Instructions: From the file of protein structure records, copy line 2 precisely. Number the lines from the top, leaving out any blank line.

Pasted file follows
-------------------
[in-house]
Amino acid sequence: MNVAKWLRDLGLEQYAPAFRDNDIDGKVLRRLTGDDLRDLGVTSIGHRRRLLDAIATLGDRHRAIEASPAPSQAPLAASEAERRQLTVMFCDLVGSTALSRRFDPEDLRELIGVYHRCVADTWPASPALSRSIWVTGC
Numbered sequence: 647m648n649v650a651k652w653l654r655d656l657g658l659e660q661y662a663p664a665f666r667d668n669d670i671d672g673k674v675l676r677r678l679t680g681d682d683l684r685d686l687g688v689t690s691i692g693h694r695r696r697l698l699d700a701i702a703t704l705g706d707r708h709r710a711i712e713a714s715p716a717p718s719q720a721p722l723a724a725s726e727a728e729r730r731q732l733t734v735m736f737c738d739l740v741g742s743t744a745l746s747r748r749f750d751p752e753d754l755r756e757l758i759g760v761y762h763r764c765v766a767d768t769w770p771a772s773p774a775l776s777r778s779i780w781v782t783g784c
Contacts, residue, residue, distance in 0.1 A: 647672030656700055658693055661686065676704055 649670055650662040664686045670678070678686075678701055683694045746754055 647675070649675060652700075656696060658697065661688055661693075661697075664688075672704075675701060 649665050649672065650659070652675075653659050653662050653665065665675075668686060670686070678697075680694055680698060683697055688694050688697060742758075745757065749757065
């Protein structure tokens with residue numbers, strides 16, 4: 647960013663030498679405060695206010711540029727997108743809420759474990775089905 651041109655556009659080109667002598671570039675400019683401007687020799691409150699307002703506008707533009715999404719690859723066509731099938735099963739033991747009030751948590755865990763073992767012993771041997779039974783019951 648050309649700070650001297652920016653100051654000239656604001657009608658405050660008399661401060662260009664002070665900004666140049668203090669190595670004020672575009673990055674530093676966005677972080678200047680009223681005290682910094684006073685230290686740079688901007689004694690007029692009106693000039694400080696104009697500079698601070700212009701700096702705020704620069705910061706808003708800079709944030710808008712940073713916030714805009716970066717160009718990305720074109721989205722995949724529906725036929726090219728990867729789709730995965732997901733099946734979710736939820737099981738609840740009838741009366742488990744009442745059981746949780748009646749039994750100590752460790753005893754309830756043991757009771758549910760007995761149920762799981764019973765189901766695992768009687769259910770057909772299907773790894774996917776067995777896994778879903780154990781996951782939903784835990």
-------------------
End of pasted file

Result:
Amino acid sequence: MNVAKWLRDLGLEQYAPAFRDNDIDGKVLRRLTGDDLRDLGVTSIGHRRRLLDAIATLGDRHRAIEASPAPSQAPLAASEAERRQLTVMFCDLVGSTALSRRFDPEDLRELIGVYHRCVADTWPASPALSRSIWVTGC